I have a walnut bookmatched back that I need to thickness sand/plane. I don't have a drum sander, usually use the Wagner Safe-T-Planer. The pieces are a bit warped, and I wonder if I should try and flatten before planing, or plane through the warp. Fear abounds. Plane through the warp may result in way too thin sections. Whaddya think?
Unless they are thick enough to remove enough material to flatten them I would definately not plane through the warp. If the warp is slight then the back braces you glue in should hold them flat, or actually curved. You could actually use the warp in the direction you would normally arch your back. Anyway, at the finished thickness of the back the pieces should easily conform to your braces & hold its shape.
I'm in WA. Thanks for the offer. This morning, Rockler had an obscene sale on a 12.5" benchtop planer for $99. I'm gonna flatten the warp using my silicon heating blanket, clamped between two thick boards, then try the new planer. Thanks Mark for the idea of heating to flatten, and thanks Paul for the offer.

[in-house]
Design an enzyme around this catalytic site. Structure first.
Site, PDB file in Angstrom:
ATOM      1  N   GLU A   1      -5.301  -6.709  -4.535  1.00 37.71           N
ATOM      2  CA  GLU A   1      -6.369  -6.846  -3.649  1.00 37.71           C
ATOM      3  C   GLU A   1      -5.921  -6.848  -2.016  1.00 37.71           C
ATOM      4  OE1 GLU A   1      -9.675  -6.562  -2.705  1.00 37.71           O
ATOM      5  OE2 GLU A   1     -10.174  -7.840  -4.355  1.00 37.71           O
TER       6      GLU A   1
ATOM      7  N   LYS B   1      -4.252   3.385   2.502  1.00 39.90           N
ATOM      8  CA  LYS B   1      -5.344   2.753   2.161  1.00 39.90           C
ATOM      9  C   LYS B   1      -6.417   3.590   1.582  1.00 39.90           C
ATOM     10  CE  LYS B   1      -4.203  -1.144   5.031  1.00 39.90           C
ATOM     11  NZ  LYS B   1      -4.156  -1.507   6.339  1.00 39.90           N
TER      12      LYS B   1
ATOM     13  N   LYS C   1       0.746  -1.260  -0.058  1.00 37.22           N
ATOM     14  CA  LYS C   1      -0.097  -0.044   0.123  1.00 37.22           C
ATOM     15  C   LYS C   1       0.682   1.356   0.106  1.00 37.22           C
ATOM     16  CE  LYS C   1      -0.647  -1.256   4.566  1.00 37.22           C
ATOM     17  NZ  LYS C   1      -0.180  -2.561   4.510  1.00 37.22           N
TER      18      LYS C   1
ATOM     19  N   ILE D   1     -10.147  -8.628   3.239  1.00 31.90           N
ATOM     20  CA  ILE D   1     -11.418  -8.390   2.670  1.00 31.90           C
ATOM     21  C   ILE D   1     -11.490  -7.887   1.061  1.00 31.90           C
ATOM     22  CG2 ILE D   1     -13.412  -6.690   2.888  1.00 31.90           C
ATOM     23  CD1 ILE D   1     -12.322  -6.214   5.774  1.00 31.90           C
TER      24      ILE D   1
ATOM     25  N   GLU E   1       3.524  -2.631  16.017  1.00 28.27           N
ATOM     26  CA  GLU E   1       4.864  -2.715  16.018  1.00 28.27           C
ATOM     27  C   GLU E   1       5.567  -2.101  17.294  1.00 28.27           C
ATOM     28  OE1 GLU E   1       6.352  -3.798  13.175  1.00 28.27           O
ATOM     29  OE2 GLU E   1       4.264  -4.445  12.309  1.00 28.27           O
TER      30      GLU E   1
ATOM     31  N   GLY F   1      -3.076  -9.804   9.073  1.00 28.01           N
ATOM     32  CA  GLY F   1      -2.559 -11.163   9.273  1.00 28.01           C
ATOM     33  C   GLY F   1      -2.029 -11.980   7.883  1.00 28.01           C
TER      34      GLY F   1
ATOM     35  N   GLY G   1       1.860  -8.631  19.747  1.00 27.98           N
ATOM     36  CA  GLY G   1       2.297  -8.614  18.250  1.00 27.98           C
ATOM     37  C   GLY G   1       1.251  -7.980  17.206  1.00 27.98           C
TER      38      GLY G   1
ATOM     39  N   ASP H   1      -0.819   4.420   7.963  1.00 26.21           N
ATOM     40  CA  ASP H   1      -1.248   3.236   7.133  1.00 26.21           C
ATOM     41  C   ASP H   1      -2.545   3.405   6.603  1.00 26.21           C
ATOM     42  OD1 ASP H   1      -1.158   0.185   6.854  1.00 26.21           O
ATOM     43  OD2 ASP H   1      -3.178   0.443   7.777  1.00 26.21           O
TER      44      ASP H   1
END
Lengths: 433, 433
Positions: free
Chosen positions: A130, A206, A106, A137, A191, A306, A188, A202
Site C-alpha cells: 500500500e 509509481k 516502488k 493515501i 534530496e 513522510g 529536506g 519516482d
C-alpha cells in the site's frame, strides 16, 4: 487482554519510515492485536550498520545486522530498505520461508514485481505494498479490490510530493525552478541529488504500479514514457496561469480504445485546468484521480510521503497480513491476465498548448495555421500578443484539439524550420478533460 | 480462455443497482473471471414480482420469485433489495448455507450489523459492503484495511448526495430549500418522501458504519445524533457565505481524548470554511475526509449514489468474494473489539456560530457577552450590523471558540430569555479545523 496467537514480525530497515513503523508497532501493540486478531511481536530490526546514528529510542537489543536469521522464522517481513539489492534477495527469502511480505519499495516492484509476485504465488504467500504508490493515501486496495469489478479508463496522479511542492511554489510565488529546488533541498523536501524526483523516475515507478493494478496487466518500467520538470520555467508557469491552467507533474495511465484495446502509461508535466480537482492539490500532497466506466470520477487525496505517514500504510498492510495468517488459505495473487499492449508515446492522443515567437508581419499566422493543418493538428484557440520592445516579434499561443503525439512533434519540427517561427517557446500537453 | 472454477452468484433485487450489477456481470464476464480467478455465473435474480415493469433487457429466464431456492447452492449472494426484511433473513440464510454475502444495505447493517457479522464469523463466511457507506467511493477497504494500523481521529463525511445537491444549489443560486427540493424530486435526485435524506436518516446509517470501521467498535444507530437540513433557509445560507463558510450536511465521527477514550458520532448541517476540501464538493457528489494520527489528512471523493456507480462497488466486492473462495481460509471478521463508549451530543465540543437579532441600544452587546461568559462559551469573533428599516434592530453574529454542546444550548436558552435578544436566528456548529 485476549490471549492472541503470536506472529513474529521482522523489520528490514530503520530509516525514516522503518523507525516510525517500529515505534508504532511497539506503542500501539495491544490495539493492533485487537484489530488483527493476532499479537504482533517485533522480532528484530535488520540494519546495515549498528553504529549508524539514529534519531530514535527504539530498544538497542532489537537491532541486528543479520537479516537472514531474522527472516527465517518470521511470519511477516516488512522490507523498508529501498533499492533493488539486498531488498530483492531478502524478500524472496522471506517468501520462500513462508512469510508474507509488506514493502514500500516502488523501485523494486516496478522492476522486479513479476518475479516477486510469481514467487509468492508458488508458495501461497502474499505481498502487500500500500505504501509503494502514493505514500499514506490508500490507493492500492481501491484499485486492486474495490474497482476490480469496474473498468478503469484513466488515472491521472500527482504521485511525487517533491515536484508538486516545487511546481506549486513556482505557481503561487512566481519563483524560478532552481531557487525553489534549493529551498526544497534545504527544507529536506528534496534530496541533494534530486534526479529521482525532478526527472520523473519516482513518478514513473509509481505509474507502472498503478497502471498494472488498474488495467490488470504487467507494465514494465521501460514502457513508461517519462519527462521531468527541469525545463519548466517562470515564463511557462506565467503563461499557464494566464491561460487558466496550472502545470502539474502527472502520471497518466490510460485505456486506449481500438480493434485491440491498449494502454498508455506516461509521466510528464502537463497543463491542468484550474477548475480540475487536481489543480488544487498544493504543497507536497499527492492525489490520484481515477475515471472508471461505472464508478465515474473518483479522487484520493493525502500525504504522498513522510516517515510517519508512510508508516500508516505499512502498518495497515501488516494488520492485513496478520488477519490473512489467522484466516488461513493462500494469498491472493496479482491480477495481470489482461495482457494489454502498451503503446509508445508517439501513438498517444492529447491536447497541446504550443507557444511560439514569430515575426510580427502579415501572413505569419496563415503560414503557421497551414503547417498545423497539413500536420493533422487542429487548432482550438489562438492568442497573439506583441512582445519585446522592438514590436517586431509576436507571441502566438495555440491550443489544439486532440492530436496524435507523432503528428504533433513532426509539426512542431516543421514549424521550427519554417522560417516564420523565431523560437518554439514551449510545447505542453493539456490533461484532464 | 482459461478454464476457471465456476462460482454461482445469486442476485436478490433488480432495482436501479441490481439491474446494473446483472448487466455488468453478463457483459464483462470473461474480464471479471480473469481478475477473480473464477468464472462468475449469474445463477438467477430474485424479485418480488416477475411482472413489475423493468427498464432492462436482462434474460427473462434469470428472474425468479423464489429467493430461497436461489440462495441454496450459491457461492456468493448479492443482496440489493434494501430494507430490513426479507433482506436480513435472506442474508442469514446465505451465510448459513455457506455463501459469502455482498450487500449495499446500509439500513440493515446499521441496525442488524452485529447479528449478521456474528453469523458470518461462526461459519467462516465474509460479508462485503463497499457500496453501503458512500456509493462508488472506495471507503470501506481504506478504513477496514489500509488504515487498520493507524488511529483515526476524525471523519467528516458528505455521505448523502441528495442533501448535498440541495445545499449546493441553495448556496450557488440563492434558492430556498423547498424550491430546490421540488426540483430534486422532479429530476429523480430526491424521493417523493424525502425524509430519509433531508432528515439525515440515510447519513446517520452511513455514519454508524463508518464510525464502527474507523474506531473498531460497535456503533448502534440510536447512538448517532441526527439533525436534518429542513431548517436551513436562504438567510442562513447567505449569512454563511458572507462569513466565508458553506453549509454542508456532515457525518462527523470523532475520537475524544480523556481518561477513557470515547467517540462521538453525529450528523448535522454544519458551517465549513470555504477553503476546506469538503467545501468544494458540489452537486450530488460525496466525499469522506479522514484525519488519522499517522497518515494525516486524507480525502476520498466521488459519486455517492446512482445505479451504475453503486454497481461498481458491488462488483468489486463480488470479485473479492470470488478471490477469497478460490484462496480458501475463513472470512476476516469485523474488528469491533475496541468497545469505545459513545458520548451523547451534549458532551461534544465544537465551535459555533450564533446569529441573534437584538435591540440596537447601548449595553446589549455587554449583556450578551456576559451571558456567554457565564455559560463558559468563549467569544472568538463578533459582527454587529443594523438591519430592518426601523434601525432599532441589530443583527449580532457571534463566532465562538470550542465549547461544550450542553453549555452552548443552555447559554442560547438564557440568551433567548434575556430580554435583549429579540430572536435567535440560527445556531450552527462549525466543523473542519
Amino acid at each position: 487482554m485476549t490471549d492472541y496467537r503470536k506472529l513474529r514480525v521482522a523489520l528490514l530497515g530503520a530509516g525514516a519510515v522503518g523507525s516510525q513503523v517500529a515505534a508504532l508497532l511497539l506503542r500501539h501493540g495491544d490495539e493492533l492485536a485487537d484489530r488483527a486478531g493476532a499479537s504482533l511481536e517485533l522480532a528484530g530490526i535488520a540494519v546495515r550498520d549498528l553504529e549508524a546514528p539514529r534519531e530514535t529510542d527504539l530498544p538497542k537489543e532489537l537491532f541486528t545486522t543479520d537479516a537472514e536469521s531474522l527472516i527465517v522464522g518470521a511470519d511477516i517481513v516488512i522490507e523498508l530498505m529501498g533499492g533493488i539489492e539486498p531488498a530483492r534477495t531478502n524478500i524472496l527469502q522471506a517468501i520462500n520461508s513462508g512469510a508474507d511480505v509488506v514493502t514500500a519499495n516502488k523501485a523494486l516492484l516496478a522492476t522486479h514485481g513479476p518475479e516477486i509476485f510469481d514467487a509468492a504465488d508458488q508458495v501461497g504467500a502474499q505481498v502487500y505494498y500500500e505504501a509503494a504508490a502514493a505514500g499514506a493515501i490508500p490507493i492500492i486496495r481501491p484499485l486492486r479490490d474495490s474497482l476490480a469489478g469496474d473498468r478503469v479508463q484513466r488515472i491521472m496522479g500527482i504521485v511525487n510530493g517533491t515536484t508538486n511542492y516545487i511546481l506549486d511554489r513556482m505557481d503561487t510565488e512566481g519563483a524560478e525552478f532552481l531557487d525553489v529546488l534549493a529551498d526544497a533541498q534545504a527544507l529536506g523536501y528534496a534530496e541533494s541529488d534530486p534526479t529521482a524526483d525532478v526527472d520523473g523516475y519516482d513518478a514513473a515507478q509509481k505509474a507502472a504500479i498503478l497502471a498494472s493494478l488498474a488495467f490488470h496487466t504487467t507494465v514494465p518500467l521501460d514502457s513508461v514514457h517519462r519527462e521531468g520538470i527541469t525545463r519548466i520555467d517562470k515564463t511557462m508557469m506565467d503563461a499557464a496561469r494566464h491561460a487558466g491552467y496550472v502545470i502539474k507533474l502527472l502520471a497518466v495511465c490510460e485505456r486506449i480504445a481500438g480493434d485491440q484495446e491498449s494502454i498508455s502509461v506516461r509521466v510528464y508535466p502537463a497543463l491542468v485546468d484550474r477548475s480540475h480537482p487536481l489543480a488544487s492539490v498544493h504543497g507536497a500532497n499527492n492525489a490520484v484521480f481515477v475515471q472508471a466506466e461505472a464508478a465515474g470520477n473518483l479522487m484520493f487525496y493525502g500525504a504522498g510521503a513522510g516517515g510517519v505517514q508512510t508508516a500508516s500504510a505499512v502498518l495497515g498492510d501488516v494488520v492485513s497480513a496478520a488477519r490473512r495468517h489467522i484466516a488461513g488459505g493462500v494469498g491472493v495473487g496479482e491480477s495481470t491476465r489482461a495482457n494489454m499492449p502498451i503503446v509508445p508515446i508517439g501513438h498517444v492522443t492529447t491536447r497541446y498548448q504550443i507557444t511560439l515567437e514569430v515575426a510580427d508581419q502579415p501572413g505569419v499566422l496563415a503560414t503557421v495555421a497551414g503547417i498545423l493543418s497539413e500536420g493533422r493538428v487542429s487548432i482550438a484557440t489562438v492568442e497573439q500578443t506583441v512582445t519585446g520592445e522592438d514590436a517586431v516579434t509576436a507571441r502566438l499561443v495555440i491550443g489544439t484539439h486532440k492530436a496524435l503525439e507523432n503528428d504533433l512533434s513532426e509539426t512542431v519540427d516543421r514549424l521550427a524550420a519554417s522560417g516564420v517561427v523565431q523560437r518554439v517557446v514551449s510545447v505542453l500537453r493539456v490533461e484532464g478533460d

Another thought - if the pieces are warped, the convex side is likely more damp than the concave side. Maybe you could dampen the concave side and see if the pieces flatten out....I've done that more than once.
Yeah, Matt. At least get it flat for the amount of time it takes to thickness it. Roy McAlister, a master luthier here in Gig Harbor and former Chief Designer for Santa Cruz Guitars, has an appealing method if you have a concrete garage or shop floor handy.
Roy places the warped piece cup side down directly on the concrete, puts a piece of plywood over it, and then about 50lbs of whatever on the plywood and leaves it for a week or so. Swears by it. It seems that moisture is easily transported in the concrete. I wouldn't load it up fully immediately if the wood is really badly cupped Brazilian or some other really splitty stuff just because you might break it. However, the walnut should be just fine.